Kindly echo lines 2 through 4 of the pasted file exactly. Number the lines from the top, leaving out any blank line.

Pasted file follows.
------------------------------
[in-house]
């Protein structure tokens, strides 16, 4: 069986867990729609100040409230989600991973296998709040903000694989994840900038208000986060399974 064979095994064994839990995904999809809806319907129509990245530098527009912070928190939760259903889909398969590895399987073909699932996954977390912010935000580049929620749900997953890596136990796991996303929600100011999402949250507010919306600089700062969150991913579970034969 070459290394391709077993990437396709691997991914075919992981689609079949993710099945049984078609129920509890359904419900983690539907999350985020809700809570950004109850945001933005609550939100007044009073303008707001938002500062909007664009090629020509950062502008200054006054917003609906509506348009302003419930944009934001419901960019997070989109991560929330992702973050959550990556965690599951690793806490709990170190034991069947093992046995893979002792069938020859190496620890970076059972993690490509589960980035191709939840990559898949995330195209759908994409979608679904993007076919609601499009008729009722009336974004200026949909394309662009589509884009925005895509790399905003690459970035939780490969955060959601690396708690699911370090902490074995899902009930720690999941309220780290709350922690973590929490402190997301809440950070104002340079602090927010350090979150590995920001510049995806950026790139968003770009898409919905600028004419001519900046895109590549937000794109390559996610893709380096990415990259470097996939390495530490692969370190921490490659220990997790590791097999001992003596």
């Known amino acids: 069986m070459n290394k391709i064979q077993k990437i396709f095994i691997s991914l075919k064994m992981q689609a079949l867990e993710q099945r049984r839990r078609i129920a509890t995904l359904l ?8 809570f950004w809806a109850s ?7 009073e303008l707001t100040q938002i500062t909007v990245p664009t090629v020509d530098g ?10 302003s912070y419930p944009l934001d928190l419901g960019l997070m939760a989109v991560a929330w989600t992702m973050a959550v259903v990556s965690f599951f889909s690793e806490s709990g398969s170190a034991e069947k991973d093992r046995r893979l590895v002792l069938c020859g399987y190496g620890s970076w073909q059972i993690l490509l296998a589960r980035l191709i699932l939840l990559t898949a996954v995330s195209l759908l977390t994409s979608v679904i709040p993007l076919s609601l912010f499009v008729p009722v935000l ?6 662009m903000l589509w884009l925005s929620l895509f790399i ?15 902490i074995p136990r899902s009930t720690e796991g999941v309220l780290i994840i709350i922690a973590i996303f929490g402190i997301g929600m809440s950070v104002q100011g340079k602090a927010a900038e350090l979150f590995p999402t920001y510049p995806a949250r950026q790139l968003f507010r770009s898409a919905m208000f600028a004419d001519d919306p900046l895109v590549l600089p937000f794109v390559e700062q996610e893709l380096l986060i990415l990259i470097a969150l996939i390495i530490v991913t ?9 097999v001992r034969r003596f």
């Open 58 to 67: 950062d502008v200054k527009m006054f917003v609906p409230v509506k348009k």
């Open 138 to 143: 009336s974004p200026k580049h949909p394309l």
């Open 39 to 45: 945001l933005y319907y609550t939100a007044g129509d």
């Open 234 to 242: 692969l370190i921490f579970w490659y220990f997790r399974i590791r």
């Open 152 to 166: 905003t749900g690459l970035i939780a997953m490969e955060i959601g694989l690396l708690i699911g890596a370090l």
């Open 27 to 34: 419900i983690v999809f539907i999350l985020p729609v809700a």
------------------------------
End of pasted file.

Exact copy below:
């Protein structure tokens, strides 16, 4: 069986867990729609100040409230989600991973296998709040903000694989994840900038208000986060399974 064979095994064994839990995904999809809806319907129509990245530098527009912070928190939760259903889909398969590895399987073909699932996954977390912010935000580049929620749900997953890596136990796991996303929600100011999402949250507010919306600089700062969150991913579970034969 070459290394391709077993990437396709691997991914075919992981689609079949993710099945049984078609129920509890359904419900983690539907999350985020809700809570950004109850945001933005609550939100007044009073303008707001938002500062909007664009090629020509950062502008200054006054917003609906509506348009302003419930944009934001419901960019997070989109991560929330992702973050959550990556965690599951690793806490709990170190034991069947093992046995893979002792069938020859190496620890970076059972993690490509589960980035191709939840990559898949995330195209759908994409979608679904993007076919609601499009008729009722009336974004200026949909394309662009589509884009925005895509790399905003690459970035939780490969955060959601690396708690699911370090902490074995899902009930720690999941309220780290709350922690973590929490402190997301809440950070104002340079602090927010350090979150590995920001510049995806950026790139968003770009898409919905600028004419001519900046895109590549937000794109390559996610893709380096990415990259470097996939390495530490692969370190921490490659220990997790590791097999001992003596």
């Known amino acids: 069986m070459n290394k391709i064979q077993k990437i396709f095994i691997s991914l075919k064994m992981q689609a079949l867990e993710q099945r049984r839990r078609i129920a509890t995904l359904l ?8 809570f950004w809806a109850s ?7 009073e303008l707001t100040q938002i500062t909007v990245p664009t090629v020509d530098g ?10 302003s912070y419930p944009l934001d928190l419901g960019l997070m939760a989109v991560a929330w989600t992702m973050a959550v259903v990556s965690f599951f889909s690793e806490s709990g398969s170190a034991e069947k991973d093992r046995r893979l590895v002792l069938c020859g399987y190496g620890s970076w073909q059972i993690l490509l296998a589960r980035l191709i699932l939840l990559t898949a996954v995330s195209l759908l977390t994409s979608v679904i709040p993007l076919s609601l912010f499009v008729p009722v935000l ?6 662009m903000l589509w884009l925005s929620l895509f790399i ?15 902490i074995p136990r899902s009930t720690e796991g999941v309220l780290i994840i709350i922690a973590i996303f929490g402190i997301g929600m809440s950070v104002q100011g340079k602090a927010a900038e350090l979150f590995p999402t920001y510049p995806a949250r950026q790139l968003f507010r770009s898409a919905m208000f600028a004419d001519d919306p900046l895109v590549l600089p937000f794109v390559e700062q996610e893709l380096l986060i990415l990259i470097a969150l996939i390495i530490v991913t ?9 097999v001992r034969r003596f």
């Open 58 to 67: 950062d502008v200054k527009m006054f917003v609906p409230v509506k348009k």